It looks sweet, from what I can tell. The sort of thing I always hoped would crop up but was rendered pointless by the Championship tournaments. Now that those are a thing of the past, it's nice to see that the community is stepping up and filling the void. It also opens up some interesting possibilities with special rules and conditions for the tournament - imagine a round where everyone was restricted to Prophesies era skills or Sins and Paragons were disallowed, or even matches where teams were required to run four Elementalists, there are a lot of ways to get crazy with this sort of thing. But just the fact that they're going to have divisions, levels of competition so the weaker teams aren't run off the map and the stronger teams can be at each other's throats alone is enough to get me excited.

If I've done the conversion right, tomorrow's matches will start at noon, eastern for the junior division. A half hour later, it's the welterweights' turn. Then, at 1PM EST, it's the main attraction as the top-flight teams in the Dragon Division start going at it (Should be about 10AM PST for that, as well.). That's just perfect for me and should make for a pleasant afternoon's viewing.

It seems the developers are amped up for this, too, as the K values have been tweaked so no one loses much rating - eliminating the concerns of teams in the higher end of the bracket dropping like a stone after some quirky upsets, no doubt - and the obs mode panel now displays the last ten instead of the last four. That should make following the multiple rounds easier. Although I 'm a little confused at this point if they're following tournament rules and having best of three contests or the AT format and having it be one and done.

The Dragon division looks loaded with good teams and better players. My money's on Dark Alley, obviously, but you've got [EW] and [vD] and more. Little more unfamiliar with the lower tiers of competition but nice to see my old pals in XoO and the Knights Templar are trying to field teams. Haven't seen any schedules announced yet, though, although with the logistics involved in putting together this sort of thing that's not really surprising. It's herding cats, and my respect goes out to everyone working to put this thing together.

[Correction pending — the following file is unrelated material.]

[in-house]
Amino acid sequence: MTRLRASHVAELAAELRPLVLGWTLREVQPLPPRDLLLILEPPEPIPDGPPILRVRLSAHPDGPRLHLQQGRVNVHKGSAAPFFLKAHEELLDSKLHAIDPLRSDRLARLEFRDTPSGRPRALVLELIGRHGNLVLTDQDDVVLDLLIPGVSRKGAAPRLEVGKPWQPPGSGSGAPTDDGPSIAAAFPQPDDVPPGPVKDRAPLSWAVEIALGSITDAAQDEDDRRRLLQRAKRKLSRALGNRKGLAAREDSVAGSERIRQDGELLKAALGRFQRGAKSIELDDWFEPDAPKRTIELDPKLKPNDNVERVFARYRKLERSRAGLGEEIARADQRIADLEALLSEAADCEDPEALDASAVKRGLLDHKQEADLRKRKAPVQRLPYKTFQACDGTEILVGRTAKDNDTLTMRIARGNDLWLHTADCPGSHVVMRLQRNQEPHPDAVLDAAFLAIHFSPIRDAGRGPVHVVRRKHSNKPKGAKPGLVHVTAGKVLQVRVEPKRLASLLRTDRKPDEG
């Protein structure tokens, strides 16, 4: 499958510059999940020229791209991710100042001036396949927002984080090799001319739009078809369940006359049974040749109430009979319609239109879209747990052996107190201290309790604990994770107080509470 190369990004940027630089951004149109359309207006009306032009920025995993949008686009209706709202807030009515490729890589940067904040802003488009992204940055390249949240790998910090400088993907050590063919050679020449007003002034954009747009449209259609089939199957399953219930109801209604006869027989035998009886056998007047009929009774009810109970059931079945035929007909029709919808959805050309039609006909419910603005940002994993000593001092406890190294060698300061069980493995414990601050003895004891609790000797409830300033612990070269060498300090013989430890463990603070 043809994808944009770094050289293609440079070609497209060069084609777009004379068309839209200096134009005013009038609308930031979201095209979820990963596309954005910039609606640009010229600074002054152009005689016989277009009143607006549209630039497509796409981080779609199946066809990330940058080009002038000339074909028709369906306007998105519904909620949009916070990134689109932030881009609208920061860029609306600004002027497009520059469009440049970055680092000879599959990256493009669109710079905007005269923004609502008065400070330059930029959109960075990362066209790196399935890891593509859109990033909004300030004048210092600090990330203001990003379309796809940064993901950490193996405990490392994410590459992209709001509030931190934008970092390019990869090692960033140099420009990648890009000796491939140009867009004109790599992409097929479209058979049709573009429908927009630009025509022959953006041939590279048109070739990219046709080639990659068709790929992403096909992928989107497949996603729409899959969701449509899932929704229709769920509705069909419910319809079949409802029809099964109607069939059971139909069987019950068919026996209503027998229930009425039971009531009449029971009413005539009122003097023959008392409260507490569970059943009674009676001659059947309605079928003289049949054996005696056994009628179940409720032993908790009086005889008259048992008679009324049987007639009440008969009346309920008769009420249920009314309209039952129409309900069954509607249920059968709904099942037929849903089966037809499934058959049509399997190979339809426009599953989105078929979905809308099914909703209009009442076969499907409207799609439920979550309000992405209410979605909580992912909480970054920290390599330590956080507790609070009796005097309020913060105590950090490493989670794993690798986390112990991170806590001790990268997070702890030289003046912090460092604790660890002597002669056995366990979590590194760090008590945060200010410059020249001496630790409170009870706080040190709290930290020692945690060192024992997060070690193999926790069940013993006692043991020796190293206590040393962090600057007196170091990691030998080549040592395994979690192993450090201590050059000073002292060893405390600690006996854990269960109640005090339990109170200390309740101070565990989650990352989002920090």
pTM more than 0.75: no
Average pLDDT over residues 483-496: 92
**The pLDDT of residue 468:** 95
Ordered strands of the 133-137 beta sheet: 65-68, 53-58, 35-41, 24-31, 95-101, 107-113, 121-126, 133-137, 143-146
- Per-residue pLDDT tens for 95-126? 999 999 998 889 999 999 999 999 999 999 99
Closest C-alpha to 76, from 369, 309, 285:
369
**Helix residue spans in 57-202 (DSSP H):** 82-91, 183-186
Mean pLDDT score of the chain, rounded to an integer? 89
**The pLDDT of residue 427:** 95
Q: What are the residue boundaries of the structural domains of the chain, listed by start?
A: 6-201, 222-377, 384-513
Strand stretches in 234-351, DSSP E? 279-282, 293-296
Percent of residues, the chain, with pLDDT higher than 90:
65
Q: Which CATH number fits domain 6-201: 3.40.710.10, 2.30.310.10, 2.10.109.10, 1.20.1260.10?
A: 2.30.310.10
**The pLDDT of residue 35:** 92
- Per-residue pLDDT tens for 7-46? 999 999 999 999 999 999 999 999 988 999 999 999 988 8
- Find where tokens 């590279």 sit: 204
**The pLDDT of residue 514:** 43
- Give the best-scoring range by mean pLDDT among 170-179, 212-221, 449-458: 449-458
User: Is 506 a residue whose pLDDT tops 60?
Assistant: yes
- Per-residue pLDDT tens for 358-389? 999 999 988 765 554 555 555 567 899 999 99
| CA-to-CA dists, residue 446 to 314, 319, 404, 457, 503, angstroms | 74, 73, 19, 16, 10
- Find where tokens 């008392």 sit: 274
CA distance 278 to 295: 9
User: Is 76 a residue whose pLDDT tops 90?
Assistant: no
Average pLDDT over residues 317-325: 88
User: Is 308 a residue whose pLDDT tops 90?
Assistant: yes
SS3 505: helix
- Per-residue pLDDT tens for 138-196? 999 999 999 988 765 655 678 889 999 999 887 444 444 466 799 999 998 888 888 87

Also, in a bit of happy unexpected news, there's going to be a live broadcast of Weapon of Choice at the same time the tournament is kicking off. Always loved that show and it seems it's going to be sticking around after the tournament, which is good to hear. Kestrel will be on the Uberguilds channel starting at 1PM EST. I'm definitely going to be tuning in as I try to scope out the best matches.

Sigh, I only wish I'd gotten clued in early enough to actually play myself. Oh well, maybe next time.

Fortunately, I'm already covered, myself, for catching matches but I would be remiss if I didn't mention this little tip for catching the matches you really want to see. The guild tab. If you're in a guild then their last match is always available for you to review. And most of the hardcore PvPers are generally pretty nice about inviting people. It means you have to leave your guild, if you're in one, as you can't guest over for it, but if that doesn't bother you then it's a good way to make sure you don't miss that match you really want to see. All you have to do is ask and, you know, not be a complete dick about it.

NaNo Blogging: Paying It Backwards

November draws to a close. The flurry of creativity has turned into a mad scramble to get to the word validator in time. I'm, of course, sitting pretty in purple having taken care of that several days ago. But it also means that it's time for another NaNo tradition: begging for cash.

National Novel Writing Month, after all, is run by a non-profit. It takes donations to keep it well funded. And that means, like public radio or PBS, the pledge drive is on and e-mails and letters and posts fly asking anyone who can to spare a bit of their money in order to keep the project solvent. Now, this is annoying and, frankly off-putting but it works. The staffers send out the call to arms and enough people respond to make it worth their while. It takes begging, shouting, cajoling, and everything else possible to convince that small percent of people who'll actually donate to part with their money. And, second, it really is for a good cause. The money goes not just to keeping the website up but to helping teachers and (In the past, at least) libraries and more.